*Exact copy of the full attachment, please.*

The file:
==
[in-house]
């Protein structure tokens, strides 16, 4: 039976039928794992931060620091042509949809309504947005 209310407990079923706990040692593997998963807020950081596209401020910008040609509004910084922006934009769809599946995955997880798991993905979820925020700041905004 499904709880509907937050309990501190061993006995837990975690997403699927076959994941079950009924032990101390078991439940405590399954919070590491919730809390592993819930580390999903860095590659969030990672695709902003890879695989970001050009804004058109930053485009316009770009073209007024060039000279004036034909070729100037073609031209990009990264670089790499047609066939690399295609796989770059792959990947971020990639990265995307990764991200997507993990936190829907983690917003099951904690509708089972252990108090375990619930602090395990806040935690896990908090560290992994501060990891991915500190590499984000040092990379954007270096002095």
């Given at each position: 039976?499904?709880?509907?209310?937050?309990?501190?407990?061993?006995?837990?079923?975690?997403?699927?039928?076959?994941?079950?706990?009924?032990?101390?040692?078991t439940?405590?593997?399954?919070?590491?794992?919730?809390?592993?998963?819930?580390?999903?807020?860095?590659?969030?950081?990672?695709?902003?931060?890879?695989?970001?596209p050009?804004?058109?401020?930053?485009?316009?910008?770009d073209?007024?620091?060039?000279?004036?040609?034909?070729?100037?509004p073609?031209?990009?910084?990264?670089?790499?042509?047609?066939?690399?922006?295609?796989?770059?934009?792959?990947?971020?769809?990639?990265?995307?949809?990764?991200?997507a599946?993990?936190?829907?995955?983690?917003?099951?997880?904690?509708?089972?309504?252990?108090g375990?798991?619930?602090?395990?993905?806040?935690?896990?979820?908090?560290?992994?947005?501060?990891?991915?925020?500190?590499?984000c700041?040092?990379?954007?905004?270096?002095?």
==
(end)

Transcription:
[in-house]
């Protein structure tokens, strides 16, 4: 039976039928794992931060620091042509949809309504947005 209310407990079923706990040692593997998963807020950081596209401020910008040609509004910084922006934009769809599946995955997880798991993905979820925020700041905004 499904709880509907937050309990501190061993006995837990975690997403699927076959994941079950009924032990101390078991439940405590399954919070590491919730809390592993819930580390999903860095590659969030990672695709902003890879695989970001050009804004058109930053485009316009770009073209007024060039000279004036034909070729100037073609031209990009990264670089790499047609066939690399295609796989770059792959990947971020990639990265995307990764991200997507993990936190829907983690917003099951904690509708089972252990108090375990619930602090395990806040935690896990908090560290992994501060990891991915500190590499984000040092990379954007270096002095």
């Given at each position: 039976?499904?709880?509907?209310?937050?309990?501190?407990?061993?006995?837990?079923?975690?997403?699927?039928?076959?994941?079950?706990?009924?032990?101390?040692?078991t439940?405590?593997?399954?919070?590491?794992?919730?809390?592993?998963?819930?580390?999903?807020?860095?590659?969030?950081?990672?695709?902003?931060?890879?695989?970001?596209p050009?804004?058109?401020?930053?485009?316009?910008?770009d073209?007024?620091?060039?000279?004036?040609?034909?070729?100037?509004p073609?031209?990009?910084?990264?670089?790499?042509?047609?066939?690399?922006?295609?796989?770059?934009?792959?990947?971020?769809?990639?990265?995307?949809?990764?991200?997507a599946?993990?936190?829907?995955?983690?917003?099951?997880?904690?509708?089972?309504?252990?108090g375990?798991?619930?602090?395990?993905?806040?935690?896990?979820?908090?560290?992994?947005?501060?990891?991915?925020?500190?590499?984000c700041?040092?990379?954007?905004?270096?002095?």